A lot of athletes make mistakes. Big mistakes. Plaxico Burress went into a strip club with a gun in his sweatpants for some reason. Steve Howe did nearly all of the cocaine. Darryl Strawberry did the rest of it. James Pietragallo and Jimmie Whisman tell the stories of wayward athletes on their Crime in Sports podcast.
Comedy, Crime in Sports, James Pietragallo, Jimmie Whisman, Sports
Title of Work and its Form: I Told You I Wasn’t Perfect, autobiography
Author: Denny McLain with Eli Zaret
Date of Work: 2007
Where the Work Can Be Found: The book can be purchased at any independent bookstore or on Powell’s.
Element of Craft We’re Stealing: Structure
As a lifelong fan of the Detroit Tigers, I was excited to meet Denny McLain. The 1968 Tigers won it all, in large part because of McLain’s 31-6 record. I bought I Told You I Wasn’t Perfect before a Syracuse Chiefs game and had the man himself sign it for me. I knew that Denny McLain had a far rockier life than many baseball heroes. He won the Cy Young Award twice, but was suspended by Major League Baseball in 1970 because of his involvement with bookmaking. He had stretches with other teams, but was out of the game by the time he was thirty. In the 1980s, he went to jail for crimes including drug trafficking. Ten years later, he went to jail because he was convicted of raiding the pension fund of a company he bought. (He denies that crime.)
See why his book is called I Told You I Wasn’t Perfect? McLain tells his life story in the book and, it seems to me, is fairly honest. He owns up to a lot of mistakes and spends a lot of page space describing what his prison life was like. (He signed mug shots for the guards.) McLain is an interesting figure in baseball. A lot of folks are upset at him for wasting the tremendous talent he had. The Peet workers who lost their pensions are certainly angry with him. McLain and Zaret seem to have understood that many of their readers may not approach the book with a fair or sympathetic view.
That may have been why the book begins with the very sad death of McLain’s daughter, Kristin. Chapter 1 opens with McLain receiving that late-night visit every parent dreads. A police officer knocks on the door and tells him that he needs to get to the hospital as soon as possible. Over the next couple pages, McLain and his wife Sharon learn that Kristin was in a terrible car accident. A tractor trailer was backing into a space without its lights on when Kristen drove into it. Another car hit Kristin’s…that was the worst blow. The fuel in Kristin’s car ignited, sending flames “fifty feet into the air.” She was trapped inside as witnesses “screamed at Kristin to wake up.” Kristin “was still alive as they strapped her to a gurney and rolled it toward the helicopter that was waiting to take her away. But Kristin went into cardiac arrest. The gurney stopped. After two collisions and a fire, a tech announced that it was over.”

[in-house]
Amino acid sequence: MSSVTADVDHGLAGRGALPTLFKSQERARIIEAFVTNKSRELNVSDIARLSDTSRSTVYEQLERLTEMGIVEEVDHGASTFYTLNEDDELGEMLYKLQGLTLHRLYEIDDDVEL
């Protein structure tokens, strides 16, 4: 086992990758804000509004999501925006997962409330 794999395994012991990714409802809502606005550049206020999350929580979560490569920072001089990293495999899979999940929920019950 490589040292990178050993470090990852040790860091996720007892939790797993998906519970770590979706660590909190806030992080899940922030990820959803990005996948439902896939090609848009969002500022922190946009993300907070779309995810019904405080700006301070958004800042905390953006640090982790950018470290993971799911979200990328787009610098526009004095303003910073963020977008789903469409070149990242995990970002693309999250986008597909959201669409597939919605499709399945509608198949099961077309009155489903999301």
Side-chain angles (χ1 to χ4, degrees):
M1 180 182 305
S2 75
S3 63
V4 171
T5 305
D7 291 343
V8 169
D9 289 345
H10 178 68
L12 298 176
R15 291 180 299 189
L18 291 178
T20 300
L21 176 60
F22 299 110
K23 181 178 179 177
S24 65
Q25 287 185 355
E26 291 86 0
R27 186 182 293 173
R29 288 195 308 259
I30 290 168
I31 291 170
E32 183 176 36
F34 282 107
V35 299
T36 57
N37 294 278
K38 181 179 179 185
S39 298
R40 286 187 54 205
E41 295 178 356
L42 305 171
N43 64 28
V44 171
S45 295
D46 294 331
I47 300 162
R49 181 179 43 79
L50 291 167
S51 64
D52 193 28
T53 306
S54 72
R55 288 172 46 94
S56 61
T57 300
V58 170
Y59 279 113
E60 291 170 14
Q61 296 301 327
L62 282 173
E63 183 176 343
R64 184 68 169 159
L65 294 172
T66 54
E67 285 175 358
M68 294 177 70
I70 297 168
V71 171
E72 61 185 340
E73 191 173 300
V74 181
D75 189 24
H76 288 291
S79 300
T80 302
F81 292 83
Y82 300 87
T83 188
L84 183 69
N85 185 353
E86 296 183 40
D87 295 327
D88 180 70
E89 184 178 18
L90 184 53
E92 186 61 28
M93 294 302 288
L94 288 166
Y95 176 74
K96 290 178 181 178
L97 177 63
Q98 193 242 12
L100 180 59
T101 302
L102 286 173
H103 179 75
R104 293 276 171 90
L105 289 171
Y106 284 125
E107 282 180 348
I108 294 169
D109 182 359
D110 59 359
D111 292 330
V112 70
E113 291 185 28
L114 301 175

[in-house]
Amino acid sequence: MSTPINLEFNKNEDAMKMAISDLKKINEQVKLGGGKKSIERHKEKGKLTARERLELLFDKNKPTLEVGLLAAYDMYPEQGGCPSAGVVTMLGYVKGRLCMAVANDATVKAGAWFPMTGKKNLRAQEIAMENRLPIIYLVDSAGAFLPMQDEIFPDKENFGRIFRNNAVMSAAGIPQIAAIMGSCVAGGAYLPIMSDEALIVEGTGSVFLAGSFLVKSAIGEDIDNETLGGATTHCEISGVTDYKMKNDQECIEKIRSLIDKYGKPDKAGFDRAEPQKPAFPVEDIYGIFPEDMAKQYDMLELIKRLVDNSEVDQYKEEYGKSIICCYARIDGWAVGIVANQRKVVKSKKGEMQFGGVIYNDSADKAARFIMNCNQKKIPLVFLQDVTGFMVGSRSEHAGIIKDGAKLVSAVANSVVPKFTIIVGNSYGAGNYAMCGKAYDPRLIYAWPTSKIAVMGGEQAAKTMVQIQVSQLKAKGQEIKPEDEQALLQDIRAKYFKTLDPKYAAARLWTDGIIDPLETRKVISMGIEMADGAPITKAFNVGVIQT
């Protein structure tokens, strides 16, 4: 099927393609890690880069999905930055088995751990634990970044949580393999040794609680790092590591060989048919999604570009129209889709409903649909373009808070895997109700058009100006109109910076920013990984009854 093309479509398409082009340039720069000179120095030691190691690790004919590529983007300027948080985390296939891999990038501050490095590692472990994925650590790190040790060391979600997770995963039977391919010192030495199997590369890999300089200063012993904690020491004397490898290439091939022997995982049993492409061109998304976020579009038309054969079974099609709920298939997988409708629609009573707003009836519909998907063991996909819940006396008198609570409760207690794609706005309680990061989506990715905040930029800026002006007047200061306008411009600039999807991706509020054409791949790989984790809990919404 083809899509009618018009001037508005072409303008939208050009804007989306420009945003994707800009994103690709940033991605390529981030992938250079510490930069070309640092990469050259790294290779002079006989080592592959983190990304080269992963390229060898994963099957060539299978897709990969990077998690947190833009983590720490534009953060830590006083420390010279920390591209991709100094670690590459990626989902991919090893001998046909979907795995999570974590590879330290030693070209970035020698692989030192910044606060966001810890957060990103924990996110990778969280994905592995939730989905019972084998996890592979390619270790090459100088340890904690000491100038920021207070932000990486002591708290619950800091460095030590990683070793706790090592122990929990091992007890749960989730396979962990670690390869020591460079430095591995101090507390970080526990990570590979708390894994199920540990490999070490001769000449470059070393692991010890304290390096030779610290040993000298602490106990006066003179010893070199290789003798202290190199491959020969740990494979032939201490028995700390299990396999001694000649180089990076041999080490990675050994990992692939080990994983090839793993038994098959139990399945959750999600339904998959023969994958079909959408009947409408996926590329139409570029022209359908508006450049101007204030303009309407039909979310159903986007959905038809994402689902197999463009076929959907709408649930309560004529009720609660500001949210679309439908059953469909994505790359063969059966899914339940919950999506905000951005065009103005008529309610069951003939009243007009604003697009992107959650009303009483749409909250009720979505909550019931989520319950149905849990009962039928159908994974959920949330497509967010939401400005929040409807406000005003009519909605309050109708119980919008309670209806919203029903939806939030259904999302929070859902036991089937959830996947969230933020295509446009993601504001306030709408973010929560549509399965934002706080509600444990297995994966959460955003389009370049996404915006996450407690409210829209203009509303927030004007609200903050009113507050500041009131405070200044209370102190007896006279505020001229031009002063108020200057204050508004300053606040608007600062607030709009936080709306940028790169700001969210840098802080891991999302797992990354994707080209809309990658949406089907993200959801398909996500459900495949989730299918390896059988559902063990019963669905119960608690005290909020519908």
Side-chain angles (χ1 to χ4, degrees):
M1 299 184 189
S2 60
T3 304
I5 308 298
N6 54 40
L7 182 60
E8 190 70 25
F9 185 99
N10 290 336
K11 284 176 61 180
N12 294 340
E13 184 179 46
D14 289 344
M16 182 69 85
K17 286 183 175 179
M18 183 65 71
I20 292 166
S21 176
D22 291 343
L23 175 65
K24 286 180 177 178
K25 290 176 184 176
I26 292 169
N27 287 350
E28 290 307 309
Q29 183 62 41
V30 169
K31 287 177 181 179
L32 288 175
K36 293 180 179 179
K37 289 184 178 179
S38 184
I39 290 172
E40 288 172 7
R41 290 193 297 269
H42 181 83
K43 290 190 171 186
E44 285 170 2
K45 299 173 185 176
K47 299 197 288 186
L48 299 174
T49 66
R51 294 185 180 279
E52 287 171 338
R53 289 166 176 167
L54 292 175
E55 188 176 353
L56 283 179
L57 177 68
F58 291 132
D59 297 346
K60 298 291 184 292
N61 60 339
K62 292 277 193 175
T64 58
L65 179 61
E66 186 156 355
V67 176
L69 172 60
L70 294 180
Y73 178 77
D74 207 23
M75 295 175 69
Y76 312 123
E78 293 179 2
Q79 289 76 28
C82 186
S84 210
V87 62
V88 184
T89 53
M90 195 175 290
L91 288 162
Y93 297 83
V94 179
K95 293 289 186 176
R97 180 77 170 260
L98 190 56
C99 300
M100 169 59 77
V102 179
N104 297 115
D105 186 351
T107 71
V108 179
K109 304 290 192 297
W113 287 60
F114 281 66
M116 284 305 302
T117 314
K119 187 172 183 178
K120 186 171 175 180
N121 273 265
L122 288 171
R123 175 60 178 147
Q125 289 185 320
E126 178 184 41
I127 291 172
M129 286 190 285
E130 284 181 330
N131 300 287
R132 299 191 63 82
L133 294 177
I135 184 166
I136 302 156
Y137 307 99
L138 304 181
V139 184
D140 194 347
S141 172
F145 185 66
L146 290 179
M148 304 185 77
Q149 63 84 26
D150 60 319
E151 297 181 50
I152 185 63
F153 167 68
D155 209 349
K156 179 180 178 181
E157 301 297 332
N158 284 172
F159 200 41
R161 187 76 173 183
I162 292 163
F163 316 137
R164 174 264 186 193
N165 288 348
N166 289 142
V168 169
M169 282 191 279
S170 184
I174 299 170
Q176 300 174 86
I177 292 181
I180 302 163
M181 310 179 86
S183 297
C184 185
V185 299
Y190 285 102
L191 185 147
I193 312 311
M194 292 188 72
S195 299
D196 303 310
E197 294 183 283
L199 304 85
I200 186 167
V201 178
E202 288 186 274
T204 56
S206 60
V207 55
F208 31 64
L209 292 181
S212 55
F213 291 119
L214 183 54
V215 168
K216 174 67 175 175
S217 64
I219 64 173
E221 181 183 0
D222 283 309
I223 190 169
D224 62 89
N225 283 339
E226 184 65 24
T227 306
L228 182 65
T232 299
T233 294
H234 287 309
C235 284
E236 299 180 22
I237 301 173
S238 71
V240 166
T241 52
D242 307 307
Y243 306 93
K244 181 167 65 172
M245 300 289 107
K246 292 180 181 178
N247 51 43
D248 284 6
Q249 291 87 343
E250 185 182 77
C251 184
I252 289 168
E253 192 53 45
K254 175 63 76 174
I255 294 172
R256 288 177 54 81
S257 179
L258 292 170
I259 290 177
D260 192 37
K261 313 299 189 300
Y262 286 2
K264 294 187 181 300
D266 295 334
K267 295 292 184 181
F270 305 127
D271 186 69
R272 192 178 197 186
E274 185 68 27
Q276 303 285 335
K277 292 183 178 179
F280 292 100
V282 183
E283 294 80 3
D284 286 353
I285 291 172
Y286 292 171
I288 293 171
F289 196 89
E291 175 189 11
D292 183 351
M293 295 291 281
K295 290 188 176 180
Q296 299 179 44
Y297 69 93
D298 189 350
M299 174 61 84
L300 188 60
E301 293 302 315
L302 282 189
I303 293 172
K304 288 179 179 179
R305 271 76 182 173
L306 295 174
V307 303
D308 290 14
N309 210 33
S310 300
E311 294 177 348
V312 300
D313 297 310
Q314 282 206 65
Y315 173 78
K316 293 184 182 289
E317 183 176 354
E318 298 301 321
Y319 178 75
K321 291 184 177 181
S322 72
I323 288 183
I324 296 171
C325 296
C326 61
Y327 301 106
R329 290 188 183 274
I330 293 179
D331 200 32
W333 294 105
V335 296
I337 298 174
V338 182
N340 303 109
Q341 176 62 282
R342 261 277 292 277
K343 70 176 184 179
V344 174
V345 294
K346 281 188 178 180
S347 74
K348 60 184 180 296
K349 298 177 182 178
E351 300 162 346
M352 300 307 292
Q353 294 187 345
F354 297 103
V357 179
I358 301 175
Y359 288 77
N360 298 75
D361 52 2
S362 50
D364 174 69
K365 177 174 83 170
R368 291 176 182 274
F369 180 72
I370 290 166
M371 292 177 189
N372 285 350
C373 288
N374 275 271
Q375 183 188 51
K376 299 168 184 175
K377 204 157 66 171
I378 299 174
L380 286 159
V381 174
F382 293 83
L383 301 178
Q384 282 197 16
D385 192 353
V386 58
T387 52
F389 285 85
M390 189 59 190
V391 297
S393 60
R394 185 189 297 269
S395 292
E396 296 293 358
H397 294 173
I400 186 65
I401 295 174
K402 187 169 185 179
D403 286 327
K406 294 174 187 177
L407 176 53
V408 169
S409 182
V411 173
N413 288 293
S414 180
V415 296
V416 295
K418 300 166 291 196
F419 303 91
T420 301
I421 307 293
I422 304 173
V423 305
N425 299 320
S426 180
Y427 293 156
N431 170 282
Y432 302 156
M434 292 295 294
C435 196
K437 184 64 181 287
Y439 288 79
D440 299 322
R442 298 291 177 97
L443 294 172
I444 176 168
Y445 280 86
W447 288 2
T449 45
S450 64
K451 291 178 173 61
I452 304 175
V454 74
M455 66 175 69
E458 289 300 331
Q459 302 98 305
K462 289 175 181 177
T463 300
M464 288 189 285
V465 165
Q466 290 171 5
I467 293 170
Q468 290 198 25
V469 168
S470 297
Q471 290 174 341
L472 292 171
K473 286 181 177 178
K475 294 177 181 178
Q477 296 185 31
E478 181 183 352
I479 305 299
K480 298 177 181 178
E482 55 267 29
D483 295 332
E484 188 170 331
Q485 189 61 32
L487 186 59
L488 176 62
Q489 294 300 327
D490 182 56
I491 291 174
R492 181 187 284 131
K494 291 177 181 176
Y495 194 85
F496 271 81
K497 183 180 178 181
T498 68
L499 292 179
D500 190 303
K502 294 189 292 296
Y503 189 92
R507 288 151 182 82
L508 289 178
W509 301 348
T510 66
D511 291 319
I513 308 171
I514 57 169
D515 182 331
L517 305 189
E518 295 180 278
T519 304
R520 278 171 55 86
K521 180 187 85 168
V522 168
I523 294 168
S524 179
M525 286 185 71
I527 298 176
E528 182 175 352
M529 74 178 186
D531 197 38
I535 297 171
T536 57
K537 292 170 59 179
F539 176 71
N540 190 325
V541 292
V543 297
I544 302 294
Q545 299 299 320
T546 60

Even though the reader may not want to forgive McLain for his transgressions, boy oh boy, does he get your attention with the description of this horrible time in his life. He and his wife Sharon (who is pretty much a saint) endured a nightmare and we get to learn about it vicariously.
What Should We Steal?:
- Start with the big personal drama. McLain could have described winning that thirty-first game in 1968 or what it felt like when his team beat the Cardinals in Game Seven. Instead, he involves you in his personal story. It can be hard to remember at times, but there is more to an athlete’s life than the sport they conquered.
- Address the concerns people have about you (or your characters) in an honest manner. The book would have seemed fake fake fake if McLain had glossed over his brushes with the criminal justice system. Instead, he seems to have some measure of self-understanding as to what people feel about him.
- Confront the unpleasant scenes in life head-on. Whether or not you are writing your own story, you are likely going to end up writing scenes about unpleasant experiences. (After all, why would you write only about happy times?) I am guessing that McLain doesn’t like thinking about the nasty details related to his daughter’s death. He and Zaret understood, however, that it was their sacred duty as writers to make the experiences as visceral as possible for the reader.
2007, Autobiography, Denny McLain, Detroit Tigers, Eli Zaret, Memoir, Narrative Structure, Sports